The subliminal sales pitch given with a sledgehammer.

Roger Summers
Roger Summers

Years ago, in a college class, I was introduced to something called subliminal advertising.

As I understood it, an advertiser would insert a sales pitch into a movie, for example. The sales pitch – such as “Drink Coke” – would only appear for a split second on the screen. Indeed the sales pitch would be of such short duration that the viewer would not be fully aware he had seen it. Had something to do with the subconscious.

I thought of that recently when a friend who is contemplating a trip to England e-mailed me asking for tips on traveling in England.

Always being glad to oblige regarding requests about England – my wife and I being longtime Anglophiles – I sent him some suggestions.

And, since I am at the moment promoting my eBook of short stories on Amazon – Heart Songs From a Washboard Road, as I know you’re anxious to know– and since two of the book’s short stories are set in England, well, I decided to try my hand at subliminal advertising in print.

Below is what I sent my friend, all in one long paragraph, which made it easy to insert some subliminal advertising.

Washboard RoadSee if you catch the subtlety of my sales pitch:

Dear Friend,

Reserve some time to get out into the countryside . . . Rent a car, drive the country roads — called B roads — and stop and go walk-about, as they call it, in a village or two or three. . . Try negotiating a roundabout . . . Stop and rest in a layby . . . Spend at least one night in a bed and breakfast owned and operated by real Brits . . . get to the Cotswolds . . . visit the Lake District . . . get to York and have hot tea and split a Fat Rascal at Betty’s of York Tea Room. . . ride the Tube in London . . . ride cross country on a train . . . eat bangers ‘n’ mash as well as fish ‘n’ chips . . . remember the beer is hot, not cold . . . don’t ask for English muffins, they call ’em Yankee splits . . . don’t ask directions to the elevator, they call ’em lifts . . . and flashlights are torches . . . eat out of a bakery . . . have an English fry-up for breakfast and roast beef and Yorkshire pudding for dinner, especially on Sundays . . . in each town, go first to the information center, designated on signs with an “i,” for an abundance of information . . . read The Times on a park bench . . . don’t let the little wife catch you looking at the gals on Page 3 of the tabloids . . . take a canal ride, plus a boat ride down the Thames . . . take a poll and ask the Brits how many of them have bought and read my e-book called Heart Songs From a Washboard Road on Amazon, pointing out to them that two of the eleven short stories in the book are set in England . . . and then you can go to Snitterfield, just outside Stratford, and see for yourself the setting for one of my short stories, the one entitled “The 9:19 From Snitterfield . . . and then you can review the e-book and send the written review along to Amazon, thus boosting my standing on the book charts. . .  and if you run out of things to do just e-mail me and I will send you another list of exciting things to do in England, maybe along with an excerpt from my next book . . .  And, whatever you do, be appreciative of all that the Brits sent our way all those many years ago — from the law to the language. HAVE FUN. — Cheers, Your friend and your travel guide, Roger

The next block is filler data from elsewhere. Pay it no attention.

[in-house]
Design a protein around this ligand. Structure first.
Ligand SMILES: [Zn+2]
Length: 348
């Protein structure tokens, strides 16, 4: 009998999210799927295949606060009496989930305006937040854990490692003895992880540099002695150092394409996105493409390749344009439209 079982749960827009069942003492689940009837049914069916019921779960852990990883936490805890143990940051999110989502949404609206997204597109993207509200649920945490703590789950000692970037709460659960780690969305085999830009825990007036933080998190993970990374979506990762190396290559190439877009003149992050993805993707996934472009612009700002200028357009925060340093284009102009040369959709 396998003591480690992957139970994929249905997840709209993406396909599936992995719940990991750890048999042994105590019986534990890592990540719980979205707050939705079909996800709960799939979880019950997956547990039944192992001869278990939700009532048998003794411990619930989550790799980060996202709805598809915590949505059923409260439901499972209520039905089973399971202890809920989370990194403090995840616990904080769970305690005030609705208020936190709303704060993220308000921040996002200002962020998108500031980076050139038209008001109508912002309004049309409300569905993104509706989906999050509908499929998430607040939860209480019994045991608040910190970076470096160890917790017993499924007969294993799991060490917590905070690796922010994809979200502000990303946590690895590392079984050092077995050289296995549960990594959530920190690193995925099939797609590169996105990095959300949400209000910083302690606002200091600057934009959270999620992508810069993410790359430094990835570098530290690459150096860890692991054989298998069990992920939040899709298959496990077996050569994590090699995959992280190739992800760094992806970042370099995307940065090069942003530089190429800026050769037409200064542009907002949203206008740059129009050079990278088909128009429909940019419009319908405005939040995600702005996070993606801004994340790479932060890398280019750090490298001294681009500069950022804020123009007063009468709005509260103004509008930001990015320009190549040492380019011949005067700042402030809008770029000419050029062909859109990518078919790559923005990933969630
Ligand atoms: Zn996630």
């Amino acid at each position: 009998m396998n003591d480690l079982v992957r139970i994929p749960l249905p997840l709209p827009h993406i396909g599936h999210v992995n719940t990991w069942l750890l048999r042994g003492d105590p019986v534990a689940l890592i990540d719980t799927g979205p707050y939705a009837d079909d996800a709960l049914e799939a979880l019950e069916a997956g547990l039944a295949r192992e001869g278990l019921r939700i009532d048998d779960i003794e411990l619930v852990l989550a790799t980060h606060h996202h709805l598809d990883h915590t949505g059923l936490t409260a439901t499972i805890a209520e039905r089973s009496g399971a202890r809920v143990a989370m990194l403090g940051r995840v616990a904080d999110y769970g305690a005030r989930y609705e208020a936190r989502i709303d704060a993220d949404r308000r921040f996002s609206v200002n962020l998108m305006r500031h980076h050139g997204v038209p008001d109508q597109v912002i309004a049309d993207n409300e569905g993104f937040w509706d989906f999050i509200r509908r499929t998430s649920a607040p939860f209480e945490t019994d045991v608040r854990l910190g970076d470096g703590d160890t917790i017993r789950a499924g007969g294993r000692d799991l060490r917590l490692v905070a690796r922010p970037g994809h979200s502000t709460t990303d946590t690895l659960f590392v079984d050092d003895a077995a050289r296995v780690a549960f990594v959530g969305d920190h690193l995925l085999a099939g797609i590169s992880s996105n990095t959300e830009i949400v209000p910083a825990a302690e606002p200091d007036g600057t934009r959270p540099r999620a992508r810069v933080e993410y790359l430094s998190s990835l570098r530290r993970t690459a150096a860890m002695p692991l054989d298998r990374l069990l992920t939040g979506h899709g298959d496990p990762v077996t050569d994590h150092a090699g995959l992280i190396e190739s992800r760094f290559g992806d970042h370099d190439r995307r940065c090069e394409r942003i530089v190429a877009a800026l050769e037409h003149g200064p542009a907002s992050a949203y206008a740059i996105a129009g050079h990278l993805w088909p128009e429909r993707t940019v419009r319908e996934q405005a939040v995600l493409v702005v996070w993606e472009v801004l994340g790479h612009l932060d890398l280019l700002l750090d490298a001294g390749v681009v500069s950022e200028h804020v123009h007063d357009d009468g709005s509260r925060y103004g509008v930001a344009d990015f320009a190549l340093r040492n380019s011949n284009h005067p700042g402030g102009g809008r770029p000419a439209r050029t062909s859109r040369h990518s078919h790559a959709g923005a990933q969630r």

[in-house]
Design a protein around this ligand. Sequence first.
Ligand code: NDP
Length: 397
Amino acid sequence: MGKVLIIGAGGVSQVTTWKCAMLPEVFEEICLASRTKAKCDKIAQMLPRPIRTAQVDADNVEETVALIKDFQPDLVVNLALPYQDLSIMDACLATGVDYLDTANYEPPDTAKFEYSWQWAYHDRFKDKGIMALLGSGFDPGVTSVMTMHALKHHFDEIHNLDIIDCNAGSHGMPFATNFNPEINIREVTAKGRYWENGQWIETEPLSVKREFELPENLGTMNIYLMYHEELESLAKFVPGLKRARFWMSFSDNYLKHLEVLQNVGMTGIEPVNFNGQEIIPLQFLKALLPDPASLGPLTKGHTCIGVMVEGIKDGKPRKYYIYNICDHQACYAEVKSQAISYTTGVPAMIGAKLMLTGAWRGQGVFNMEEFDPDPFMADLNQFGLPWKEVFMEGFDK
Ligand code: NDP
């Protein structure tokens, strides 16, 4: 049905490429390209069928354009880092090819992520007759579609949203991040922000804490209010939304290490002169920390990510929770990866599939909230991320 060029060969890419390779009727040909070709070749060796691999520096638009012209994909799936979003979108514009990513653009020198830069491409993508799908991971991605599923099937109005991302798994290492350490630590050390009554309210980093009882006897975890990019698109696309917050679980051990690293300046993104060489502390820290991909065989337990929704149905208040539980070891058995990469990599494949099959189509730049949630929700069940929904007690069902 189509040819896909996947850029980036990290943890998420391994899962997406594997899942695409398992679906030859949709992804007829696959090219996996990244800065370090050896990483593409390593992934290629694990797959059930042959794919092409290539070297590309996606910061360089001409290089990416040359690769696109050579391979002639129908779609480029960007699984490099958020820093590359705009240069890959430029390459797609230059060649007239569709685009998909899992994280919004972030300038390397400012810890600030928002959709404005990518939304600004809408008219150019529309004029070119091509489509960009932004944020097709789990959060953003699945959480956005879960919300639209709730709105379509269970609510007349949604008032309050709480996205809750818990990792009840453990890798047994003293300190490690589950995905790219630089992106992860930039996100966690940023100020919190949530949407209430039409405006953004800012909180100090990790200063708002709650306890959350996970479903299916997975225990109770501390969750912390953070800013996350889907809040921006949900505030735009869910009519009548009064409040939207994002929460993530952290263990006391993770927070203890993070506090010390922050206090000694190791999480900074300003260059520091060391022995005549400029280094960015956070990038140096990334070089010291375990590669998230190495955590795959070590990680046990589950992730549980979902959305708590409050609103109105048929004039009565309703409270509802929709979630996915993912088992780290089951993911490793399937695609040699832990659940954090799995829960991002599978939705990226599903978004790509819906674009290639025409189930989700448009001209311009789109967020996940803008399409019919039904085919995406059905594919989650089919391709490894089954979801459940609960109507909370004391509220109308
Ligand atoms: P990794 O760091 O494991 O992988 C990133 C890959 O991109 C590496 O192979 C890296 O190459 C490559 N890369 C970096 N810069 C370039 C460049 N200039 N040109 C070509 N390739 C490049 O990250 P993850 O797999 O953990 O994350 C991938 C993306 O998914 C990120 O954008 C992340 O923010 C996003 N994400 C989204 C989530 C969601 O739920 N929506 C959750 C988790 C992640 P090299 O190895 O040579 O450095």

Was I subtle enough?

Please let me know – yes or no.

And, by the way, while we are on the subject of my eBook, why not review Heart Songs From a Washboard Road and post it on Amazon


Real quick like.

Before it goes completely off the charts and sells out.

And, remember now, “Drink Coke.”

Roger Summers is a journalist and essayist who spends time in Texas, New Mexico and England and in a world of curiosity and creativity. He can be reached at

Please click the book cover to read more about the short story collection on Amazon.


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